The People's Key
Author: Mona White
Bright Eyes frontman Conor Oberst has embarked on a new songwriting phase, shedding the band's grass-roots country sound and departing on a musical journey that is astronomically influenced on The People's Key.Released on Feb. 15, Bright Eyes' new album has lyrics based on aliens, spaceships, time travel and a futuristic outlook that launches the record into the next dimension., which is where it should stay.What is supposed to be a new era of innovation for Bright Eyes is quite simply a trite compilation highly reminiscent of the Beatles and Dark Side of the Moon by Pink Floyd.The first track, "Firewall," starts with a monologue on Reptilian Theory __ the belief that the world is really controlled by shapeshifting reptiles and that many prominent politicians like George W. Bush are really reptilian humanoids.Instead of captivating the listener's imagination, The People's Key has a "WTF" moment similar to what fans of Garth Brooks probably experienced when he tried to reinvent himself in 1999 as Chris Gaines.Here's hoping Bright Eyes comes to its senses before the group alienates their loyal fans.Shapeshifters aside, Oberst's lyrics plead with the fans to release them from the ties of previous folk albums. "We're starting over," Obert repeats in "A Machine Spiritual (In the People's Key)," emphasizing Bright Eyes emancipation from indie-folk.The only commendable aspect of The People's Key is Bright Eyes' effort in experimenting with new synth sounds, foreign to the band's previous work. In the wake of other artists' successful reinventions, like Sufjan Stevens' The Age of Adz, The People's Key comes off as a failed attempt that is nowhere near as significant or palatable.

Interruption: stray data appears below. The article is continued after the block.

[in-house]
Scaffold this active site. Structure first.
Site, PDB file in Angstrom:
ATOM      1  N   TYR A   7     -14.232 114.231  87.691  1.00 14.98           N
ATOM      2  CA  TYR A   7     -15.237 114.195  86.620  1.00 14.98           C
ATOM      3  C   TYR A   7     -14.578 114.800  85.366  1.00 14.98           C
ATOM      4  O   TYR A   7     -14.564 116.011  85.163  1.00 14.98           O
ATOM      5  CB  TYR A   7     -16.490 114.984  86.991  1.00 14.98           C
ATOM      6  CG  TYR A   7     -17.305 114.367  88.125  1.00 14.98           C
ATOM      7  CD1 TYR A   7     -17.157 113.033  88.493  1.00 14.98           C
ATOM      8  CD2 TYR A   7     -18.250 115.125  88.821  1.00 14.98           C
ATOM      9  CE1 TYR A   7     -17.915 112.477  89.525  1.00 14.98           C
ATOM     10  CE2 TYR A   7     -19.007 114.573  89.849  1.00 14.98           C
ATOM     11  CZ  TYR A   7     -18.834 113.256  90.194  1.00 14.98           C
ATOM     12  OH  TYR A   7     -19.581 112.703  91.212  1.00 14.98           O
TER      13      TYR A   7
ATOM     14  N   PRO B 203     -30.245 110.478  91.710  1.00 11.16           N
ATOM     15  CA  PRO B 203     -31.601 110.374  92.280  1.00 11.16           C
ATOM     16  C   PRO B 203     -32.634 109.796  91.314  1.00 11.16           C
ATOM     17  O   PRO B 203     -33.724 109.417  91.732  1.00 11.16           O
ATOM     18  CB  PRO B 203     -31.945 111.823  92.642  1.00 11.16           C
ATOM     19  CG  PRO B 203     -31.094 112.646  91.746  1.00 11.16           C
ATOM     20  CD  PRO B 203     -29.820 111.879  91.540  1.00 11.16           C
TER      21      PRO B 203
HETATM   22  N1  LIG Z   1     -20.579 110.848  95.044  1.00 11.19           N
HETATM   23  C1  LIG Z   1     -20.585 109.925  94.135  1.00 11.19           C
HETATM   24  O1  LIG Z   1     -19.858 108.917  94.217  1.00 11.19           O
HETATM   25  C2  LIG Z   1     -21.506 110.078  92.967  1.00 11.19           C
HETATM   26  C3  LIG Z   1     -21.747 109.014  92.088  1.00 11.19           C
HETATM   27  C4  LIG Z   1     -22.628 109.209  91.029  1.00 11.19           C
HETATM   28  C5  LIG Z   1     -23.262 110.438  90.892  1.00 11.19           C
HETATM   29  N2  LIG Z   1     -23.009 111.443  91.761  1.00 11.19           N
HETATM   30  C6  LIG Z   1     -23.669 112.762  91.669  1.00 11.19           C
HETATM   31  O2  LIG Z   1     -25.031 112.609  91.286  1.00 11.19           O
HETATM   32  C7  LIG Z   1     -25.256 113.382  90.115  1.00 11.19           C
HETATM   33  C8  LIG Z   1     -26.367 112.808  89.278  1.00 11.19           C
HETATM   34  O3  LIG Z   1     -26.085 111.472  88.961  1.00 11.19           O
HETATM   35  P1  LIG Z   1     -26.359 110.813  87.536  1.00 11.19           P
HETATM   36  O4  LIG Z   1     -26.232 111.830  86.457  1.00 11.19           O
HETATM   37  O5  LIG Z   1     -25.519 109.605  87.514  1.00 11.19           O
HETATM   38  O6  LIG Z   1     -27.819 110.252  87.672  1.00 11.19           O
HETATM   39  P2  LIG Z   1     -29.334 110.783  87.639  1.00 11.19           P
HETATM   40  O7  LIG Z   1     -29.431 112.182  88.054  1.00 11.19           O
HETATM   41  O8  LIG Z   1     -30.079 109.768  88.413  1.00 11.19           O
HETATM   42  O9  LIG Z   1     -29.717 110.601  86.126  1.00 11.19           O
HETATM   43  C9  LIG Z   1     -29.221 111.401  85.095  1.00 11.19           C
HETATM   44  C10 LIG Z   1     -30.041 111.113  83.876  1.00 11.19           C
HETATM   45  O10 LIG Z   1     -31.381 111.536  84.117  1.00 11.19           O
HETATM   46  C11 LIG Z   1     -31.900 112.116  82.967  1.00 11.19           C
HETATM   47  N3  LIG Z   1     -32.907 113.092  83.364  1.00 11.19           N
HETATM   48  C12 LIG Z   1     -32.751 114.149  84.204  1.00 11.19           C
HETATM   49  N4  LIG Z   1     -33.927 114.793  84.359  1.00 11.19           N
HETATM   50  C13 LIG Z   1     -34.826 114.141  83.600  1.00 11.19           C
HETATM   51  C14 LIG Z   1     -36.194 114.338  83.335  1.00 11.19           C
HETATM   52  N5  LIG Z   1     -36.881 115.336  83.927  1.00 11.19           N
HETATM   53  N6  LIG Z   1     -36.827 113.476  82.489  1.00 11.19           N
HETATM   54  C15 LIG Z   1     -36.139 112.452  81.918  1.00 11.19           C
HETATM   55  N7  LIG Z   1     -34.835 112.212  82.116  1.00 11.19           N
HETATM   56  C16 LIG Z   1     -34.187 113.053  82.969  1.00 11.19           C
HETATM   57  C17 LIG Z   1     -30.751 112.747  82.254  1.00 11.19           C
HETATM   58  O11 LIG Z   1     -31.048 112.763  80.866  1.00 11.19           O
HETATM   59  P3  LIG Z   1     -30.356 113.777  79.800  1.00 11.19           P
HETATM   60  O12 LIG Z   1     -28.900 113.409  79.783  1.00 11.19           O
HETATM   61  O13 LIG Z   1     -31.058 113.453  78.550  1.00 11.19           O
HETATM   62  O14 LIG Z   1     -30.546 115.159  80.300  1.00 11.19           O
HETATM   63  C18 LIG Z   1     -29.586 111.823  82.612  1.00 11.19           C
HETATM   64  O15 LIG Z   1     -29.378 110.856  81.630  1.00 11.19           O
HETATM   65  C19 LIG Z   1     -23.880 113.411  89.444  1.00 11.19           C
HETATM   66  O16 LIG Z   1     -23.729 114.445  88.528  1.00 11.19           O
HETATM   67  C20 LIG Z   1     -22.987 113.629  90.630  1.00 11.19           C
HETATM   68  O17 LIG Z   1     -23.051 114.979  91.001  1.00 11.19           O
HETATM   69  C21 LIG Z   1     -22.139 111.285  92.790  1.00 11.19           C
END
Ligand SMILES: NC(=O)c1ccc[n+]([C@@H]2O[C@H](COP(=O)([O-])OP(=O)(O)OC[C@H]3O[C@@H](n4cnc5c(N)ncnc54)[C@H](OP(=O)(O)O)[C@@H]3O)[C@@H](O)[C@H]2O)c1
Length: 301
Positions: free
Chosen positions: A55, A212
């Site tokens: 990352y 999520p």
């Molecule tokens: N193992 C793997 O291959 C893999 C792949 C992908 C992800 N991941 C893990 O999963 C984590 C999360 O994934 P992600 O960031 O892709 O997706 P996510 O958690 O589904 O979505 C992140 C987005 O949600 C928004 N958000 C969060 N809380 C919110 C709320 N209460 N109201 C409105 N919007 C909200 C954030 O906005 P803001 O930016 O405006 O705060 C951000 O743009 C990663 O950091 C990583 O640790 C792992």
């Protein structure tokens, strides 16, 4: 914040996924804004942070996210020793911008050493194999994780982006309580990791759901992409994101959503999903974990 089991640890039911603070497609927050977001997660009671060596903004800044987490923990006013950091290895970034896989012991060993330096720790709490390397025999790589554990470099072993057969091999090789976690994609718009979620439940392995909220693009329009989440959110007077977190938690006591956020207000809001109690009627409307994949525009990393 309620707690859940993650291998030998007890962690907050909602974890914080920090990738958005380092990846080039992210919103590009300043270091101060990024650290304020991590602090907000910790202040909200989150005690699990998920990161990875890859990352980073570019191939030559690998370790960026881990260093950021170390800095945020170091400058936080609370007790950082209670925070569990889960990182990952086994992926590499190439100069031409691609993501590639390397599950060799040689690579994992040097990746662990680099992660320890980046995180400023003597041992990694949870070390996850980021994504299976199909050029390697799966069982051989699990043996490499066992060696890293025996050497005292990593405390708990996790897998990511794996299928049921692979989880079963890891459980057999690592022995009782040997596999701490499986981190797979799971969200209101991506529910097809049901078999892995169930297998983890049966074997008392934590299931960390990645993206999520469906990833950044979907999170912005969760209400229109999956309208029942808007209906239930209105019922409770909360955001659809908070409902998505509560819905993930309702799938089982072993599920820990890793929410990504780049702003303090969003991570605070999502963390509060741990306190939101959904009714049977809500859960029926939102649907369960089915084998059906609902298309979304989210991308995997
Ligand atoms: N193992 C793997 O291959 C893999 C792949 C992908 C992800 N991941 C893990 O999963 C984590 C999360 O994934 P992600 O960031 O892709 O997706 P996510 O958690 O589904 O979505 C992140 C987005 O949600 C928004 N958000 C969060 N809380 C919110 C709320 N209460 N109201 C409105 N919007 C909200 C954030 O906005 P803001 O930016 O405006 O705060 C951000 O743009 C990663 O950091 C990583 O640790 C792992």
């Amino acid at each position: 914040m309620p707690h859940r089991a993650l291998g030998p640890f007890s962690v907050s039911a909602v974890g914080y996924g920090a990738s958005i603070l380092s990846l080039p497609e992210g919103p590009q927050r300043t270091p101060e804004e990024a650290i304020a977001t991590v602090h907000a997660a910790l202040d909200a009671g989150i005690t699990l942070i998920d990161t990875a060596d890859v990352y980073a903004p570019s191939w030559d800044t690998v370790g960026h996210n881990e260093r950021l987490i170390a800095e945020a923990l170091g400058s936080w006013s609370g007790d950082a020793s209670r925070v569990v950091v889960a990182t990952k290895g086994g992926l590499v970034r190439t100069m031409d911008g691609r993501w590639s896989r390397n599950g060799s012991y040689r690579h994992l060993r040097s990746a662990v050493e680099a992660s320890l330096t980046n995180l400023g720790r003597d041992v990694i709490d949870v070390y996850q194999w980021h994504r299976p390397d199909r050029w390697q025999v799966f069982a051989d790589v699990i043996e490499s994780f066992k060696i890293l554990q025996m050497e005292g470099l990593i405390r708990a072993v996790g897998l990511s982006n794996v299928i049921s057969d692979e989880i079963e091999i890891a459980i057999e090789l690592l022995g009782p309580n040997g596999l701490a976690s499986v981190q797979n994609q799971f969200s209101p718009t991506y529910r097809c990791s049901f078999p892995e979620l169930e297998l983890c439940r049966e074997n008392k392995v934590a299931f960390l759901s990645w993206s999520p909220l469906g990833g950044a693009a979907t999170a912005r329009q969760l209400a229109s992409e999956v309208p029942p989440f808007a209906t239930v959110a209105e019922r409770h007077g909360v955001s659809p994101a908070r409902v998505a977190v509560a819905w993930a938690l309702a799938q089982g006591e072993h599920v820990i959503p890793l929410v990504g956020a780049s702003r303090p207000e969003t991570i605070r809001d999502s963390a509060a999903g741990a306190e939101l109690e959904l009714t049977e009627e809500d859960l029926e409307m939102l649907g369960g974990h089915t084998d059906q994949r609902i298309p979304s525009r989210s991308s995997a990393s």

LP / Deluxe LP / CD / Deluxe CD / MP3